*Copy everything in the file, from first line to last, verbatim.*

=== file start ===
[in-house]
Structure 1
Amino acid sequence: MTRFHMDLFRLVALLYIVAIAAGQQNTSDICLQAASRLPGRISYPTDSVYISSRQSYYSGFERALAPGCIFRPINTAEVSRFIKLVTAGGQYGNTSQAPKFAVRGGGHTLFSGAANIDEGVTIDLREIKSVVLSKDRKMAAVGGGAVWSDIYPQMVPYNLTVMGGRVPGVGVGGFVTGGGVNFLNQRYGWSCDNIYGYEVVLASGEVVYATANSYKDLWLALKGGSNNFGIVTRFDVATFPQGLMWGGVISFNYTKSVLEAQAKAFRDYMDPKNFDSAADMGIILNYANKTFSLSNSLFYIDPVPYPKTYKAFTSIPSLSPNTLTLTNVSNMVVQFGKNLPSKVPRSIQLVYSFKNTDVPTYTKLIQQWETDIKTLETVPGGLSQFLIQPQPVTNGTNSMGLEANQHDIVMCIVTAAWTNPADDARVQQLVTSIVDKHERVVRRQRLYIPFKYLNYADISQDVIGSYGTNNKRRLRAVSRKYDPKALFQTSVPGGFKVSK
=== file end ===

[in-house]
Structure 1
Amino acid sequence: MTRFHMDLFRLVALLYIVAIAAGQQNTSDICLQAASRLPGRISYPTDSVYISSRQSYYSGFERALAPGCIFRPINTAEVSRFIKLVTAGGQYGNTSQAPKFAVRGGGHTLFSGAANIDEGVTIDLREIKSVVLSKDRKMAAVGGGAVWSDIYPQMVPYNLTVMGGRVPGVGVGGFVTGGGVNFLNQRYGWSCDNIYGYEVVLASGEVVYATANSYKDLWLALKGGSNNFGIVTRFDVATFPQGLMWGGVISFNYTKSVLEAQAKAFRDYMDPKNFDSAADMGIILNYANKTFSLSNSLFYIDPVPYPKTYKAFTSIPSLSPNTLTLTNVSNMVVQFGKNLPSKVPRSIQLVYSFKNTDVPTYTKLIQQWETDIKTLETVPGGLSQFLIQPQPVTNGTNSMGLEANQHDIVMCIVTAAWTNPADDARVQQLVTSIVDKHERVVRRQRLYIPFKYLNYADISQDVIGSYGTNNKRRLRAVSRKYDPKALFQTSVPGGFKVSK